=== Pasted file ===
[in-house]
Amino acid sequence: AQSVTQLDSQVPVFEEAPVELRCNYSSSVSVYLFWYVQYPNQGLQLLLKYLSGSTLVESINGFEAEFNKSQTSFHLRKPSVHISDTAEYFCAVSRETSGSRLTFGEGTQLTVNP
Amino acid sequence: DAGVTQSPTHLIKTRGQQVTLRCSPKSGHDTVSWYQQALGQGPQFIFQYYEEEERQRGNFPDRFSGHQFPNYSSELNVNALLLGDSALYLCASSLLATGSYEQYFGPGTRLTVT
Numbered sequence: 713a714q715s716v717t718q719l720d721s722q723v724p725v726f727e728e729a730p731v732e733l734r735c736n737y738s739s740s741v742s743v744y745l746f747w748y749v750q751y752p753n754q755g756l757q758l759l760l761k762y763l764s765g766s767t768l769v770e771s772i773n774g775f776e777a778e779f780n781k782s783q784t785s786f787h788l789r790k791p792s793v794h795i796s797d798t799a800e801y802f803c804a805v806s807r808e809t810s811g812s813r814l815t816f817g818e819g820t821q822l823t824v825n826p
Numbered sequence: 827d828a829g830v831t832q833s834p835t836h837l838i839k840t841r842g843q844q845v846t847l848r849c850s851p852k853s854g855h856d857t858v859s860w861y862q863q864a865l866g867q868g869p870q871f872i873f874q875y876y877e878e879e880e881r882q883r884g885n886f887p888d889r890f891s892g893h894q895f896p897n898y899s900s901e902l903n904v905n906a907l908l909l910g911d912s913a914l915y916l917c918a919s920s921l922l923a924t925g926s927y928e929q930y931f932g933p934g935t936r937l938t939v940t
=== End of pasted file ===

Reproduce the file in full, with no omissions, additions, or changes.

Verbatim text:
[in-house]
Amino acid sequence: AQSVTQLDSQVPVFEEAPVELRCNYSSSVSVYLFWYVQYPNQGLQLLLKYLSGSTLVESINGFEAEFNKSQTSFHLRKPSVHISDTAEYFCAVSRETSGSRLTFGEGTQLTVNP
Amino acid sequence: DAGVTQSPTHLIKTRGQQVTLRCSPKSGHDTVSWYQQALGQGPQFIFQYYEEEERQRGNFPDRFSGHQFPNYSSELNVNALLLGDSALYLCASSLLATGSYEQYFGPGTRLTVT
Numbered sequence: 713a714q715s716v717t718q719l720d721s722q723v724p725v726f727e728e729a730p731v732e733l734r735c736n737y738s739s740s741v742s743v744y745l746f747w748y749v750q751y752p753n754q755g756l757q758l759l760l761k762y763l764s765g766s767t768l769v770e771s772i773n774g775f776e777a778e779f780n781k782s783q784t785s786f787h788l789r790k791p792s793v794h795i796s797d798t799a800e801y802f803c804a805v806s807r808e809t810s811g812s813r814l815t816f817g818e819g820t821q822l823t824v825n826p
Numbered sequence: 827d828a829g830v831t832q833s834p835t836h837l838i839k840t841r842g843q844q845v846t847l848r849c850s851p852k853s854g855h856d857t858v859s860w861y862q863q864a865l866g867q868g869p870q871f872i873f874q875y876y877e878e879e880e881r882q883r884g885n886f887p888d889r890f891s892g893h894q895f896p897n898y899s900s901e902l903n904v905n906a907l908l909l910g911d912s913a914l915y916l917c918a919s920s921l922l923a924t925g926s927y928e929q930y931f932g933p934g935t936r937l938t939v940t